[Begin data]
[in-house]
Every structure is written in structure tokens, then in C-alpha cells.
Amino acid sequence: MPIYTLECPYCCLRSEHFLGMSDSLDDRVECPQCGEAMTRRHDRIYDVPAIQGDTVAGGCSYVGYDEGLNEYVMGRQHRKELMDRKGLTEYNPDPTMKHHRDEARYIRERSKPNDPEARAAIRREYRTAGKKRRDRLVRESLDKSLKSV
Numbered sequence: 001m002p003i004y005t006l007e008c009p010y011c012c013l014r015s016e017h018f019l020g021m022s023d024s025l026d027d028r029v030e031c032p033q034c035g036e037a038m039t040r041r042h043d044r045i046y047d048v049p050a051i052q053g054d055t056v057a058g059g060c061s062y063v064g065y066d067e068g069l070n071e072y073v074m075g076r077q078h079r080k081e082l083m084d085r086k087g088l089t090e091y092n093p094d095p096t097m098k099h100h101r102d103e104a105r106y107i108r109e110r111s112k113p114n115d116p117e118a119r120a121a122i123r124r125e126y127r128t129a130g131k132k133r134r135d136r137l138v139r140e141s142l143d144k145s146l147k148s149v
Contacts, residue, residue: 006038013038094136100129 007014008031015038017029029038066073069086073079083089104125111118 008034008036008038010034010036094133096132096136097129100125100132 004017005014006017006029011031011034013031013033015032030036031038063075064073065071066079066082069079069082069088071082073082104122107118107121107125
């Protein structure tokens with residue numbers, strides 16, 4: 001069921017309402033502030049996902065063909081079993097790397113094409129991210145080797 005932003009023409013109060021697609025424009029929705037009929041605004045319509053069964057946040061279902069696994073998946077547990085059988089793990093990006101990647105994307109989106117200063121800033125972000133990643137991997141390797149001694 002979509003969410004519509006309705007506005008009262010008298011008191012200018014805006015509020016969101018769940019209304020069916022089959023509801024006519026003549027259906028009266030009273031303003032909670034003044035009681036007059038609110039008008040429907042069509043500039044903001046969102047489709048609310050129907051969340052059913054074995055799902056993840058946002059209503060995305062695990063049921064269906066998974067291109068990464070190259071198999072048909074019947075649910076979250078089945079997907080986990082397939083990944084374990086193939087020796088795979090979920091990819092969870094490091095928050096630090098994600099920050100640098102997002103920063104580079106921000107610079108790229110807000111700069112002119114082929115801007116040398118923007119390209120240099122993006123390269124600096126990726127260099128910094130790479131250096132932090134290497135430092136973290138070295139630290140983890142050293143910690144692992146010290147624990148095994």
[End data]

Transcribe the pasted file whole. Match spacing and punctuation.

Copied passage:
[in-house]
Every structure is written in structure tokens, then in C-alpha cells.
Amino acid sequence: MPIYTLECPYCCLRSEHFLGMSDSLDDRVECPQCGEAMTRRHDRIYDVPAIQGDTVAGGCSYVGYDEGLNEYVMGRQHRKELMDRKGLTEYNPDPTMKHHRDEARYIRERSKPNDPEARAAIRREYRTAGKKRRDRLVRESLDKSLKSV
Numbered sequence: 001m002p003i004y005t006l007e008c009p010y011c012c013l014r015s016e017h018f019l020g021m022s023d024s025l026d027d028r029v030e031c032p033q034c035g036e037a038m039t040r041r042h043d044r045i046y047d048v049p050a051i052q053g054d055t056v057a058g059g060c061s062y063v064g065y066d067e068g069l070n071e072y073v074m075g076r077q078h079r080k081e082l083m084d085r086k087g088l089t090e091y092n093p094d095p096t097m098k099h100h101r102d103e104a105r106y107i108r109e110r111s112k113p114n115d116p117e118a119r120a121a122i123r124r125e126y127r128t129a130g131k132k133r134r135d136r137l138v139r140e141s142l143d144k145s146l147k148s149v
Contacts, residue, residue: 006038013038094136100129 007014008031015038017029029038066073069086073079083089104125111118 008034008036008038010034010036094133096132096136097129100125100132 004017005014006017006029011031011034013031013033015032030036031038063075064073065071066079066082069079069082069088071082073082104122107118107121107125
């Protein structure tokens with residue numbers, strides 16, 4: 001069921017309402033502030049996902065063909081079993097790397113094409129991210145080797 005932003009023409013109060021697609025424009029929705037009929041605004045319509053069964057946040061279902069696994073998946077547990085059988089793990093990006101990647105994307109989106117200063121800033125972000133990643137991997141390797149001694 002979509003969410004519509006309705007506005008009262010008298011008191012200018014805006015509020016969101018769940019209304020069916022089959023509801024006519026003549027259906028009266030009273031303003032909670034003044035009681036007059038609110039008008040429907042069509043500039044903001046969102047489709048609310050129907051969340052059913054074995055799902056993840058946002059209503060995305062695990063049921064269906066998974067291109068990464070190259071198999072048909074019947075649910076979250078089945079997907080986990082397939083990944084374990086193939087020796088795979090979920091990819092969870094490091095928050096630090098994600099920050100640098102997002103920063104580079106921000107610079108790229110807000111700069112002119114082929115801007116040398118923007119390209120240099122993006123390269124600096126990726127260099128910094130790479131250096132932090134290497135430092136973290138070295139630290140983890142050293143910690144692992146010290147624990148095994």